The effect of mica in several applications
Microsoft is off to a good start with the 22H2 update that may seem.
Part of this will be OS design optimization, as you’ll notice extensive use of a transparent effect called mecha. This effect is reminiscent of Windows 7’s “Aerial Glass” and provides a transparent/blur effect that lets you see hints of the background image and its colors through the apps you’re using.
The effect does a lot of work to make the operating system look modern, and while it’s programmed to make automatic tweaks to save power and improve performance, there’s a problem that the effect doesn’t apply to all apps in Windows 11. This is on the way to change – in one of the latest versions of Windows , references have been found indicating that Mica’s influence extends to both new and old programs in Windows.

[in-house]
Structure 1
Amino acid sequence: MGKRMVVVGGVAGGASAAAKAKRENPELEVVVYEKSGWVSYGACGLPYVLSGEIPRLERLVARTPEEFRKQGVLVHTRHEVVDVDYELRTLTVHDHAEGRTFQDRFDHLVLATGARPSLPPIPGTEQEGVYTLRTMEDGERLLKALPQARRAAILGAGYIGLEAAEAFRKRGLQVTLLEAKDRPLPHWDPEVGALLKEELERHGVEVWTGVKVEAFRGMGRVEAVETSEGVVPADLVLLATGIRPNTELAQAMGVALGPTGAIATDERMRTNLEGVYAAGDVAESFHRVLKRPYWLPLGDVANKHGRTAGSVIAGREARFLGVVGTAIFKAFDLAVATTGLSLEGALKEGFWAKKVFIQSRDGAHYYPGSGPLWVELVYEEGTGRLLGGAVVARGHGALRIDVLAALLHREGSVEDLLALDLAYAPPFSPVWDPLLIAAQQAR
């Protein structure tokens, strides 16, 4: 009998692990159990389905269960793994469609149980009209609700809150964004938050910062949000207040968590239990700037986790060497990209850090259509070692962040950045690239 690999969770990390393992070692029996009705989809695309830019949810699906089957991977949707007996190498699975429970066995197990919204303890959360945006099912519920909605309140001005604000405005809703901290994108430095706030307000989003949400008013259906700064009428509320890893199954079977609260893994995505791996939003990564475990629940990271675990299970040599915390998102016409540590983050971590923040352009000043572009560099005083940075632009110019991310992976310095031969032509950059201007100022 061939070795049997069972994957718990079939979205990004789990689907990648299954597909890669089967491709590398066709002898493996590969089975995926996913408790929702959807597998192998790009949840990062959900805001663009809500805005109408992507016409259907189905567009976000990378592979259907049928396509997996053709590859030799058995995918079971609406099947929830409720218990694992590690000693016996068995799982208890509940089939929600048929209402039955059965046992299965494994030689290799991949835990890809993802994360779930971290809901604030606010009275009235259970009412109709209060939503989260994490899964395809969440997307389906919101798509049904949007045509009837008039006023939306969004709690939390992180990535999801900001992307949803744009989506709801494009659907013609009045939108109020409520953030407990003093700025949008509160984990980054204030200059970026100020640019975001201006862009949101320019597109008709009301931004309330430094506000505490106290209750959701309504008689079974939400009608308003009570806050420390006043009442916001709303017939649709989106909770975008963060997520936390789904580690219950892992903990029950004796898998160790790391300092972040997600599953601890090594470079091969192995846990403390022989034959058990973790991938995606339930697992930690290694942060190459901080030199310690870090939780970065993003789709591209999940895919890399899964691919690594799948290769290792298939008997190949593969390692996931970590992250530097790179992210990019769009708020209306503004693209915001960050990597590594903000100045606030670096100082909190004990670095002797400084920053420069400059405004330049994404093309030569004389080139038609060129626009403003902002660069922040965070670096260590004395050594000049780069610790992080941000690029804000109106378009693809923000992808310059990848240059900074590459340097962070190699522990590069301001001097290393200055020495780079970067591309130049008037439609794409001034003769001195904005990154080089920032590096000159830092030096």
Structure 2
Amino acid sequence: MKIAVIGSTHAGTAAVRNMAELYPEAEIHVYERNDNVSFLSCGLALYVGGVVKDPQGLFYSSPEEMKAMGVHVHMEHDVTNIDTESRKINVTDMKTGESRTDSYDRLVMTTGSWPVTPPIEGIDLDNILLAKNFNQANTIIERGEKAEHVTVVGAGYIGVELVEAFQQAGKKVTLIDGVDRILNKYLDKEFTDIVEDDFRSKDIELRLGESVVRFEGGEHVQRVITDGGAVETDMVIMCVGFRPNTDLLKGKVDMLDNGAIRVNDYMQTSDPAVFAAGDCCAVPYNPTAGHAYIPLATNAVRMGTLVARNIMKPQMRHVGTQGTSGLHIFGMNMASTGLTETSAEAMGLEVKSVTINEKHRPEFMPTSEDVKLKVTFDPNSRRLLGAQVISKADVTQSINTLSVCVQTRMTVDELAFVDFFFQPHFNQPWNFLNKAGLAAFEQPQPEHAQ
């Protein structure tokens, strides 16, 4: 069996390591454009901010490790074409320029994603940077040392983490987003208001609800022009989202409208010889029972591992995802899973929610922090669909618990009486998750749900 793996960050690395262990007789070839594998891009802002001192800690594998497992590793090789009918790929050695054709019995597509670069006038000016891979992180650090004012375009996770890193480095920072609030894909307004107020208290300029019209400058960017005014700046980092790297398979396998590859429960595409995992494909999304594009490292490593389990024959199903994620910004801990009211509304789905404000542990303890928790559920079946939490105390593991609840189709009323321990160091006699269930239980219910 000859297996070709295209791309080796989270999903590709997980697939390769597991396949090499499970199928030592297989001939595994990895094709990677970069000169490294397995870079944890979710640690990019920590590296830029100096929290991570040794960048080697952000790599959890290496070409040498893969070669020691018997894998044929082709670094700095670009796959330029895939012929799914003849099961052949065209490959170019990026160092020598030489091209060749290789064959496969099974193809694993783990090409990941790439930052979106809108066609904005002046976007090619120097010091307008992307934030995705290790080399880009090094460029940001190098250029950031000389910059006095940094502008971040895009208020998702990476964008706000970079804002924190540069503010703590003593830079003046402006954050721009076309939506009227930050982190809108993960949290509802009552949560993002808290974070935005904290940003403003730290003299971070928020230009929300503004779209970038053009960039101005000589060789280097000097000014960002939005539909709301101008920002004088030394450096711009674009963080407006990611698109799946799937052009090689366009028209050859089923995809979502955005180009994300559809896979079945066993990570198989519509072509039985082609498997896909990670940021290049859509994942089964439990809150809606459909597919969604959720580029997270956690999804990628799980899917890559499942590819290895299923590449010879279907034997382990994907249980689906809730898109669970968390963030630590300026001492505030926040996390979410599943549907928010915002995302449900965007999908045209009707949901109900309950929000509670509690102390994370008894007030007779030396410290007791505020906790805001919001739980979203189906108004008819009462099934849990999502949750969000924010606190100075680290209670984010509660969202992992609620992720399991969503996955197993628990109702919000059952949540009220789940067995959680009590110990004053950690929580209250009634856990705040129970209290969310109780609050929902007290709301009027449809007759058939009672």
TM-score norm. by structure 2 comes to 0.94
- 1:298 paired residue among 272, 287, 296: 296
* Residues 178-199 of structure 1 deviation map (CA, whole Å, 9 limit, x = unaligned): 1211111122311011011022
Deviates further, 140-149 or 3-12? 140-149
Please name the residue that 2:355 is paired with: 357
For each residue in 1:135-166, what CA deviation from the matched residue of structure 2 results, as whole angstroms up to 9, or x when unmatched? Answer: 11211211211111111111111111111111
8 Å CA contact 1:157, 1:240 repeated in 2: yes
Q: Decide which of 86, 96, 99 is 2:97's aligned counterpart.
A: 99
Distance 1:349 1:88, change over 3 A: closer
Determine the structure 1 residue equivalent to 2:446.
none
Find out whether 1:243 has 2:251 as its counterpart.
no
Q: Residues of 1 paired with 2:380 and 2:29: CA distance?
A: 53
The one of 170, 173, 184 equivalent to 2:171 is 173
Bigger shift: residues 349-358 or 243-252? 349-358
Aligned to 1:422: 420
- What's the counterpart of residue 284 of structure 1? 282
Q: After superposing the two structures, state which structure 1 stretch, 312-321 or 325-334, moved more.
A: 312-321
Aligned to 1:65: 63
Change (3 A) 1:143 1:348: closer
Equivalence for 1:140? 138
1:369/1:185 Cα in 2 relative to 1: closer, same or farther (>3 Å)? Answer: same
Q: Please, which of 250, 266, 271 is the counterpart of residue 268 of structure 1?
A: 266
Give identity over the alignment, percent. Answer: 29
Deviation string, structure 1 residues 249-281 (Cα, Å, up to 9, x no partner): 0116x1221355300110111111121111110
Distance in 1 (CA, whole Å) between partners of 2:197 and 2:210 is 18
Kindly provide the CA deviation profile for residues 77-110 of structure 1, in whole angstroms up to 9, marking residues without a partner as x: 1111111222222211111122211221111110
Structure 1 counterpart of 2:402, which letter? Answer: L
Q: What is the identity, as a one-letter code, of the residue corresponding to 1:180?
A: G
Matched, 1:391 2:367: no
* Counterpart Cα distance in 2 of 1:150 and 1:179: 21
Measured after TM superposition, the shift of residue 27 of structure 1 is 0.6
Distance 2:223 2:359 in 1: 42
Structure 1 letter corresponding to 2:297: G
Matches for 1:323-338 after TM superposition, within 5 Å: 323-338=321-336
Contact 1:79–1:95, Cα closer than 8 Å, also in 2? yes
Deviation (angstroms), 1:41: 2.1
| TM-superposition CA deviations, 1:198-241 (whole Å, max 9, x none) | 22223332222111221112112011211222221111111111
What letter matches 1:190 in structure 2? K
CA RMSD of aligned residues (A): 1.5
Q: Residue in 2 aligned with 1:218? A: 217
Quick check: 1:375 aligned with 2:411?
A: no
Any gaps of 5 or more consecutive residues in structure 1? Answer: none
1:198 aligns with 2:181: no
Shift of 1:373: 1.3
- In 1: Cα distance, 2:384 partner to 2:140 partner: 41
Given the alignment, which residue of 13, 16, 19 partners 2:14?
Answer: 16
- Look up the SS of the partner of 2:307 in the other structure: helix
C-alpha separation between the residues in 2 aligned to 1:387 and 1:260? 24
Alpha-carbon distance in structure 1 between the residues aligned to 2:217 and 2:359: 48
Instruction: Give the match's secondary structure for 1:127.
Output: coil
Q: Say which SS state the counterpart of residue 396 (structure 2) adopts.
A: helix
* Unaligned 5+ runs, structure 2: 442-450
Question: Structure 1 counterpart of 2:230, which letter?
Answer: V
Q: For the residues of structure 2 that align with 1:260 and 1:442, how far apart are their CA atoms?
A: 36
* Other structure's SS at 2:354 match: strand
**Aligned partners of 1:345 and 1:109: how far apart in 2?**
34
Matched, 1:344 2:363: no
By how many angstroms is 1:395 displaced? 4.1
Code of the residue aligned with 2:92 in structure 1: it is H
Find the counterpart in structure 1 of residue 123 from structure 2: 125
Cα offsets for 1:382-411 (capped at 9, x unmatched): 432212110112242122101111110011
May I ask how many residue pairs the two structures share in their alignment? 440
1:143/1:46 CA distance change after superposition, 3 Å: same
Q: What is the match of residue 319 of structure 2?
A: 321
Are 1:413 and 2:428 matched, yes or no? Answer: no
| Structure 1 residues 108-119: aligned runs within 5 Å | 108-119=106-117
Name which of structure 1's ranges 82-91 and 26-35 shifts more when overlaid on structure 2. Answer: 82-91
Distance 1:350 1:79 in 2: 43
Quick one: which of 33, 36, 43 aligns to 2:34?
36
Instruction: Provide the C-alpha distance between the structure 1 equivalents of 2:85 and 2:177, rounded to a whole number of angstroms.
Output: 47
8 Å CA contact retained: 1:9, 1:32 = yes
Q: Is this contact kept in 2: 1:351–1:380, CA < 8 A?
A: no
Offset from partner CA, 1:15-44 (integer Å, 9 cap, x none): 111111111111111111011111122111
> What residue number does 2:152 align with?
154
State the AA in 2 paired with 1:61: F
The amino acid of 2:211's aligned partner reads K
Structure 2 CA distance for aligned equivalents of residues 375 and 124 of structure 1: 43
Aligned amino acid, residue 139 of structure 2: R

darker mica effect
Moreover, references have been found to another effect called “Tabbed” which Microsoft has been experimenting with for a while and which looks like it could find its way into Windows 11 at any time. The Tabbed effect is supposed to be a variant of Mica and Acrylic, where the three have different degrees of brightness and Tabbed being the darkest of them all.
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